Psalm 46 calls for a courageous facing of our worst fears. It summons us to face head on the possibility of the total destruction of our prosperous way of life, to stare down the worst-case scenario.
God is our refuge and strength, a very present help in trouble. Therefore we will not fear, though the earth should change, and though the mountains slip into the heart of the sea; though its waters roar and foam, though the mountains quake at its swelling pride. (Psalm 46: 1-3).
Verses 2 and 3 boldly explore the potential arrival of the ultimate calamity. They say: “though the earth should change,” alluding to the shuddering of an earthquake which could make Jerusalem’s walls tumble down. “Though the mountains slip into the heart of the sea” refers to a catastrophe of eschatological proportions, the unhinging of the earth and crumbling of its most invincible towers. Finally, they say: “though the mountains quake at its swelling pride,” bringing to mind volcanic eruptions of Mt. St. Helens-like magnitude, which can result in a Pompeii-like lava flow bringing death and devastation.
The Psalm calls me to boldly entertain the possible prospects of my home being buried, my business going up in flames, my town being leveled in a quake, my children being swept away in a flood, and my spouse being killed in the wreckage.
I may shrink back from this approach to dealing with my fears, claiming it’s too negative, or morbid, or pessimistic. But this is not morbid pessimism. It’s godly realism. These things may indeed happen! And it’s not for us to traffic in deception, evasion, or suppression, but in reality, honesty, and integrity.
Charles Spurgeon, whose sermon on this Psalm is entitled, “Earthquake but not Heartquake,” well summarizes its thesis: “This is the doctrine of the Psalm: Happen what may, the Lord’s people are happy and secure.”
When our firstborn son was about six-years-old, we moved into a new house, and he got a new bedroom. But after a while, this became a big “fear” problem, for on the west wall was a miniature door that led into the attic. To Jared, the attic became a dark cave filled with bears, wolves, dragons, and other hobgoblins. At any moment, it could swing open into his room, and he’d never be heard from again!
What’s a parent to do? Late one night, when Jared was shuddering, I got an extension cord and attached it to an engine repair light. I swung the door open, and, yes, the two of us climbed into the dreaded attic. Pointing the light toward the roof’s northern slope, I whispered, “Look Jared, it’s the killer playpen! And over there, it’s the abominable box of sweaters. And there, it’s the deadly carpet-roll. And there, it’s the quicksand insulation.”
We investigated every corner of the attic and discovered that there was really nothing that could hurt him. And having stared down his fears, he exorcised them, enabling him to sleep peacefully. We put a flashlight on his dresser, in case the lies returned, enabling him to reinvestigate and again tell himself the truth.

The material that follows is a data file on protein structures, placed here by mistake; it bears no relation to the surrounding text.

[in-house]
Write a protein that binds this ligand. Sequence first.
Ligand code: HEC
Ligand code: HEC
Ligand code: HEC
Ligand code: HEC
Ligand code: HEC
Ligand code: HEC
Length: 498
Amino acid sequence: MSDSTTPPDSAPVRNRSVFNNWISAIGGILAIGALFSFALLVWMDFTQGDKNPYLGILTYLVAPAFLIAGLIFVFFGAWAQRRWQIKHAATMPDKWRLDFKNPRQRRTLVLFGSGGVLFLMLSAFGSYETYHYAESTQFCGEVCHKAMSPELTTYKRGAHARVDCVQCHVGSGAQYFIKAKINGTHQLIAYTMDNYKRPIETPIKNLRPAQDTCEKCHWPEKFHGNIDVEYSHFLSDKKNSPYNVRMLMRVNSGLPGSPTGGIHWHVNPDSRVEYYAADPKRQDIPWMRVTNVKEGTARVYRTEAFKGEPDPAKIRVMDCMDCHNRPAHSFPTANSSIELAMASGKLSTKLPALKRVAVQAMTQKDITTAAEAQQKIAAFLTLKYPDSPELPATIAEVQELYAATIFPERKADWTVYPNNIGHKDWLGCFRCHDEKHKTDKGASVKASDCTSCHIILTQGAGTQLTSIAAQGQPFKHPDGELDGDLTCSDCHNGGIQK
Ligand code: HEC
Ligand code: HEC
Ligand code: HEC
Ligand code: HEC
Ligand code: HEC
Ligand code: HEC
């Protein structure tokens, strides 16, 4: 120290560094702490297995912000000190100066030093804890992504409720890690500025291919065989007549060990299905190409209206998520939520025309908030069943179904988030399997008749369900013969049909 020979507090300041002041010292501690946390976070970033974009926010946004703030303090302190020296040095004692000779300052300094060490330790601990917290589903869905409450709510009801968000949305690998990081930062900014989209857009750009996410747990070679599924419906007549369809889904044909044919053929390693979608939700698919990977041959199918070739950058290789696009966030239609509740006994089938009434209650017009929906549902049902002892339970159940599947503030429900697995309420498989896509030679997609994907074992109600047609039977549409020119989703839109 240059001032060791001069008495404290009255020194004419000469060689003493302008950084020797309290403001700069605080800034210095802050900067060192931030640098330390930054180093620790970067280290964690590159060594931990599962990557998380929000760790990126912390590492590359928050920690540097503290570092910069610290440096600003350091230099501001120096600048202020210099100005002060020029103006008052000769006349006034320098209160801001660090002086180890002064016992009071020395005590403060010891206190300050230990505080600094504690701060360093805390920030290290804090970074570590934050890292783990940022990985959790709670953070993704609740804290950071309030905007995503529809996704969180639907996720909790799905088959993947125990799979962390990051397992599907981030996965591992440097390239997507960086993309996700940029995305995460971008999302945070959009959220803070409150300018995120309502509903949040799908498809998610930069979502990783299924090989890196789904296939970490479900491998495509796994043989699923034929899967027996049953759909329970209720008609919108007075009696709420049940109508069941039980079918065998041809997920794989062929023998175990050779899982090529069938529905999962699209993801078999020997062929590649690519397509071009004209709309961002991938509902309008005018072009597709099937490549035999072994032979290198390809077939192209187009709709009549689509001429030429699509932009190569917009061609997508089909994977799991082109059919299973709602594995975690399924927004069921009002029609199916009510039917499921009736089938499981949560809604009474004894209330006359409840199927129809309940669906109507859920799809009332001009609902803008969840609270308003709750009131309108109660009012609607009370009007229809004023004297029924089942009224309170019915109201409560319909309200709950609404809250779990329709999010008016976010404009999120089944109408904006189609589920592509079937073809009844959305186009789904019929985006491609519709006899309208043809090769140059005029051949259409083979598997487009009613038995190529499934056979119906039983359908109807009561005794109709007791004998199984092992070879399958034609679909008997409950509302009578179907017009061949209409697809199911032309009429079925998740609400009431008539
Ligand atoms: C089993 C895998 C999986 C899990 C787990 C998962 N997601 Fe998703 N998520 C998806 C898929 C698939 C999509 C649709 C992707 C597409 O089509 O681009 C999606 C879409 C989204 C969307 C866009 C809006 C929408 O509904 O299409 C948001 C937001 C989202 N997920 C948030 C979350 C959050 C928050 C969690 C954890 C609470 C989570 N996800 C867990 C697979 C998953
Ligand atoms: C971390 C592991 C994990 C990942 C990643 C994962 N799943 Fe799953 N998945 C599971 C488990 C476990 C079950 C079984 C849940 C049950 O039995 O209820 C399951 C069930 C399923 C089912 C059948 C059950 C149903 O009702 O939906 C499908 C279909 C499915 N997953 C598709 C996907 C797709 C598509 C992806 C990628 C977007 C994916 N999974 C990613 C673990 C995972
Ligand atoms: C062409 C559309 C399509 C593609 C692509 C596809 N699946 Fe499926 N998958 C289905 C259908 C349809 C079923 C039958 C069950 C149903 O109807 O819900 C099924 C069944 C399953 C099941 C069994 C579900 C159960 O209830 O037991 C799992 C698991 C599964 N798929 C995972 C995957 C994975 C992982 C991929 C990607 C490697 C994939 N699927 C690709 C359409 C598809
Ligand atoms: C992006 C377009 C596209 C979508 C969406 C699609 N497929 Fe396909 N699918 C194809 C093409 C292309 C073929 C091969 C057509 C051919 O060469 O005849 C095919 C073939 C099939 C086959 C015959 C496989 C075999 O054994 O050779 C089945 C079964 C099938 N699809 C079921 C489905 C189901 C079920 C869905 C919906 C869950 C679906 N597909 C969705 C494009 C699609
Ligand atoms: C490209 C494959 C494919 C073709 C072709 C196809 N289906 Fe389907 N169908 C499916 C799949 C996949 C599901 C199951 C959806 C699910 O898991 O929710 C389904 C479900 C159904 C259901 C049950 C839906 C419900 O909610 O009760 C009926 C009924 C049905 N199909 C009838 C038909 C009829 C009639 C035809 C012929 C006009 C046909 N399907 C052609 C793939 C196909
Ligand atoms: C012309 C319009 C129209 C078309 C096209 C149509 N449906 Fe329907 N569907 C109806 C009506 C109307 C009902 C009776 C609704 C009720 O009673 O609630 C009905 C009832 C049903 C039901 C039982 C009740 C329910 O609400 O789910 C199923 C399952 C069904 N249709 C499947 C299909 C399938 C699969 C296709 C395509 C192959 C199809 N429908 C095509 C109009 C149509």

Years ago, a twenty-year-old young lady sat in my office sharing with me her oppression and depression stemming from the fear that she’d never marry. She was terrified at the thought of being forbidden the joys of wifehood and motherhood. The thought of living alone in her older years brought on her great emotional agony. My first impulse was to say, “Nonsense, Esther, you’ve got a nice personality, an attractive appearance, a tender heart, and surely God will send the right man your way.” Then I thought, “How do I know that? Sure, the percentages are heavily in her favor. But the pillow of percentages provides no true solace to a worried head. My assurances have no guarantees. I could be telling her a lie.”
Instead, I gave her the Psalmist’s counsel. “Though you have many attractive traits, there is a real possibility that you may never marry. That prospect is like an ominous attic door to you.” Then I told Esther about Jared. “You need to climb into that attic. You need to explore your worst fears. There you are, fifty-years-old, on Christmas Eve, sitting on the sofa alongside the decorated tree, all alone in your apartment, without a husband or children.
It seems unbearable. But is it really? Shine the light on it. I know it seems unendurably bleak and dark like ‘the valley of the shadow of death.’ But shine the light of God’s word on it. Look! You’re not alone at all. Your Good Shepherd is with you there in that apartment valley. He’s pledged, ‘Lo, I am with you always, even to the end of the age’ (Matthew 28: 20). Your Father promised to provide all of your needs according to His riches in glory in Christ Jesus (Philippians 4: 19). If you spend some time meditatively exploring this attic in light of the Scriptures, you’ll sleep much better and glorify God much more.”
This biblical prescription is a veritable panacea for treating fear. It sedates the anxious and uptight wife who desperately wants to be a mother, but is worried sick over the prospects of a childless marriage, enabling her to sing from the heart: “Whate’er my God ordains is right.” It remedies the fear of a romance or engagement break-up, enabling the insecure maiden whose clinginess may drive her beau away, to adopt the personality of a well-adjusted woman of dominion and dignity. “Though my mother or my father or my fiancé forsake me, yet the Lord will take me up” (Psalm 27:10). Here is a woman who, by the grace and Spirit of God, is able to subdue her fears under her feet.
— an excerpt from Womanly Dominion: More than a Gentle and Quiet Spirit, by Mark Chanski (Calvary Press), p 179f.
Image: Red Riding Hood by Manuhell